By Mary Ann Mason, The Chronicle of Higher Education
It is well established in the research on higher education that women are less likely to achieve tenure than men.
In our research at the University of California at Berkeley, we found that to be true far more often for married women with children. According to a survey by the National Science Foundation, female scientists with children are 27 percent less likely to win tenure than male scientists with children, and are far more likely to become lecturers or adjuncts. A similar pattern occurs across all of the disciplines.
The stress associated with being denied tenure in our winner-takes-all promotion system is equally well documented. We may never fully know whether, or how much, the stress that Amy Bishop experienced over being denied tenure contributed to the shootings at the University of Huntsville at Alabama in February, but we do know that tenure denial for many assistant professors brings not only disappointment but pain and grief. For women, a critical factor in tenure denial is their gender and family responsibilities.
Some women who believe their tenure denial was based on sex discrimination do fight back with lawsuits, and a few even win. Since the 1980s the American Association of University Women’s Legal Advocacy Fund has supported more than 60 of those women in their long court battles. Countless other cases have been settled before trial. Title VII of the Civil Rights Act of 1964 prohibits employment discrimination on the basis of sex, race, national origin, or religion. The Pregnancy Discrimination Act is an amendment to Title VII and prohibits discrimination on the basis of pregnancy, childbirth, and related medical conditions.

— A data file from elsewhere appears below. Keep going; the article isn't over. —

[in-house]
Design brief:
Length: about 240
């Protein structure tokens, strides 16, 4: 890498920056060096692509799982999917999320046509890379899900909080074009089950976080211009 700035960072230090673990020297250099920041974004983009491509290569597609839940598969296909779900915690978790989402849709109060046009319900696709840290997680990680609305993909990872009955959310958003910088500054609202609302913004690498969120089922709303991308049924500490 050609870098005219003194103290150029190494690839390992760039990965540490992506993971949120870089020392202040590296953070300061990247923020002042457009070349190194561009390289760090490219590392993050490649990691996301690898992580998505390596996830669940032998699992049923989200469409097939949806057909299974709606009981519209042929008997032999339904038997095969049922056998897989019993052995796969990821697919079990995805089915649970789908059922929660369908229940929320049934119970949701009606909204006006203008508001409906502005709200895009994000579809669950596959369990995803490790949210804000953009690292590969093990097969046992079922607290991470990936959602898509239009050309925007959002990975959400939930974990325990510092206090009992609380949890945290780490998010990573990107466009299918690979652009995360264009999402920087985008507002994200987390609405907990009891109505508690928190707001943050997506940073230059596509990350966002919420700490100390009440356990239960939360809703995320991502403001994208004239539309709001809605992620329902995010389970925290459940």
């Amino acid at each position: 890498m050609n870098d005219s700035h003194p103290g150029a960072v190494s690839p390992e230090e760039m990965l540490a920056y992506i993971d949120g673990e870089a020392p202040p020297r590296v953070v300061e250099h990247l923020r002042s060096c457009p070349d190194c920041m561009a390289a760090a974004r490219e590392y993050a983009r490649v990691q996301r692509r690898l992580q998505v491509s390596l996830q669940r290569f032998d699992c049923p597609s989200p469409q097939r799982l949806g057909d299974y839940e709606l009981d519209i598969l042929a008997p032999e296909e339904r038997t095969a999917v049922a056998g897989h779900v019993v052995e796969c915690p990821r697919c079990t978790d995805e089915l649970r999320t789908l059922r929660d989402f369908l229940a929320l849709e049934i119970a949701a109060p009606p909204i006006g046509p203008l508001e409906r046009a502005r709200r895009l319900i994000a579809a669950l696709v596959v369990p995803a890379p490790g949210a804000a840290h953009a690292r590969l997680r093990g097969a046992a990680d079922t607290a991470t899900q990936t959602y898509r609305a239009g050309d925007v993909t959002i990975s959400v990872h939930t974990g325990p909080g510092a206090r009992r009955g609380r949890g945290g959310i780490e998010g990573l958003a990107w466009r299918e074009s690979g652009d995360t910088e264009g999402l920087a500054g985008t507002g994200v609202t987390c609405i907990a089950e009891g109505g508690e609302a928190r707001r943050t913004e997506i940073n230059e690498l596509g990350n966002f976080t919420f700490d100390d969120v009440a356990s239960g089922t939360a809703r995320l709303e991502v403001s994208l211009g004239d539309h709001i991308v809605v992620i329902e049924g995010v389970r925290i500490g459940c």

What protection those laws offer has been the subject of evolving interpretation by federal courts. In the 1980s, a 41-year-old English teacher fought to overturn a tenure denial by Boston University, and pursued her case all the way to the federal First Circuit Court of Appeals. She prevailed, obtaining tenure and winning a large settlement, in part because she had direct evidence that the university’s president at the time had told another woman enduring the tenure process, “And anyway your husband is a parachute, so why are you worried?” The plaintiff also supported her case by showing that her male peers with similar teaching and research records had been granted tenure.
During the past two decades, however, judicial interpretations have made it more difficult for a plaintiff in a tenure case to prove discrimination. The common reason why colleges and universities deny tenure is that the candidate’s research or teaching are not up to department standards. But since the 90s, a plaintiff has had to prove not only that the tenure judgment against her was untrue, but also that the real reason for the denial was sex discrimination. If discrimination can’t be proved, even if the department is found to be intentionally lying about substandard work, other reasons for the denial, such as a faculty member’s lack of collegiality, can be upheld.
An important tenure-denial case of the 90s, Fisher v. Vassar College, began in federal court in 1994 and eventually was heard in the U.S. Circuit Court of Appeals in 1997. Cynthia Fisher, a biologist, alleged that Vassar had discriminated against her based on her sex, marital status, and age. Fisher prevailed in her first trial, proving to the federal district-court judge that she was equally or more qualified for tenure than comparable scholars, using statistics to show that Vassar had a history of not granting tenure to married women.